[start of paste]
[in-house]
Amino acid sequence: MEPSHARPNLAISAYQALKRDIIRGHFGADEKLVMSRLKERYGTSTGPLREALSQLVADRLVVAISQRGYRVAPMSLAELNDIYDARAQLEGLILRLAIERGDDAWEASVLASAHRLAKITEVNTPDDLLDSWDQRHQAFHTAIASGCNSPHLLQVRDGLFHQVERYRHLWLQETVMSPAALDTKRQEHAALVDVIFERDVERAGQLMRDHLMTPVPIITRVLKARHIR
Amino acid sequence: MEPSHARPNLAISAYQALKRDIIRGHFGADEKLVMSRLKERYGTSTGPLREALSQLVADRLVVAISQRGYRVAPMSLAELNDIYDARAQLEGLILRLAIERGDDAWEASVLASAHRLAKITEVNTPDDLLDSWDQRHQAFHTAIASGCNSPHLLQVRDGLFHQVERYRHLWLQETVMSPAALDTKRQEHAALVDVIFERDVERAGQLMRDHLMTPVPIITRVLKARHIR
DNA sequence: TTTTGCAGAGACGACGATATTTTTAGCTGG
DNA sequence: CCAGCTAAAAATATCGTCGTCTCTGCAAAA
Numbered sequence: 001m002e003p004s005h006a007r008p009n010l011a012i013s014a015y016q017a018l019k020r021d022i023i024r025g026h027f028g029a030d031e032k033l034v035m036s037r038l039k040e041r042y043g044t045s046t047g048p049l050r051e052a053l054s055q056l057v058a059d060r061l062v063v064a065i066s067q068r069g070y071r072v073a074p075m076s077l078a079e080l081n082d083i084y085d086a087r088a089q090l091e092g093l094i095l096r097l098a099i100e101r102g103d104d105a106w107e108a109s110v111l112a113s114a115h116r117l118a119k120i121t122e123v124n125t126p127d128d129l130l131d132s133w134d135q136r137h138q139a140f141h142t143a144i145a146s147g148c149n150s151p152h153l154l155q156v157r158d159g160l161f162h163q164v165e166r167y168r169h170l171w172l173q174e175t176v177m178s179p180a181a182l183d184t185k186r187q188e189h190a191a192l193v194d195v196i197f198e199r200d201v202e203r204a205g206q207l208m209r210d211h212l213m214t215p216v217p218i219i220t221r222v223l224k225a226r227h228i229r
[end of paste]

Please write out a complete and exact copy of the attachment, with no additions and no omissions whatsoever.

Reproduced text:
[in-house]
Amino acid sequence: MEPSHARPNLAISAYQALKRDIIRGHFGADEKLVMSRLKERYGTSTGPLREALSQLVADRLVVAISQRGYRVAPMSLAELNDIYDARAQLEGLILRLAIERGDDAWEASVLASAHRLAKITEVNTPDDLLDSWDQRHQAFHTAIASGCNSPHLLQVRDGLFHQVERYRHLWLQETVMSPAALDTKRQEHAALVDVIFERDVERAGQLMRDHLMTPVPIITRVLKARHIR
Amino acid sequence: MEPSHARPNLAISAYQALKRDIIRGHFGADEKLVMSRLKERYGTSTGPLREALSQLVADRLVVAISQRGYRVAPMSLAELNDIYDARAQLEGLILRLAIERGDDAWEASVLASAHRLAKITEVNTPDDLLDSWDQRHQAFHTAIASGCNSPHLLQVRDGLFHQVERYRHLWLQETVMSPAALDTKRQEHAALVDVIFERDVERAGQLMRDHLMTPVPIITRVLKARHIR
DNA sequence: TTTTGCAGAGACGACGATATTTTTAGCTGG
DNA sequence: CCAGCTAAAAATATCGTCGTCTCTGCAAAA
Numbered sequence: 001m002e003p004s005h006a007r008p009n010l011a012i013s014a015y016q017a018l019k020r021d022i023i024r025g026h027f028g029a030d031e032k033l034v035m036s037r038l039k040e041r042y043g044t045s046t047g048p049l050r051e052a053l054s055q056l057v058a059d060r061l062v063v064a065i066s067q068r069g070y071r072v073a074p075m076s077l078a079e080l081n082d083i084y085d086a087r088a089q090l091e092g093l094i095l096r097l098a099i100e101r102g103d104d105a106w107e108a109s110v111l112a113s114a115h116r117l118a119k120i121t122e123v124n125t126p127d128d129l130l131d132s133w134d135q136r137h138q139a140f141h142t143a144i145a146s147g148c149n150s151p152h153l154l155q156v157r158d159g160l161f162h163q164v165e166r167y168r169h170l171w172l173q174e175t176v177m178s179p180a181a182l183d184t185k186r187q188e189h190a191a192l193v194d195v196i197f198e199r200d201v202e203r204a205g206q207l208m209r210d211h212l213m214t215p216v217p218i219i220t221r222v223l224k225a226r227h228i229r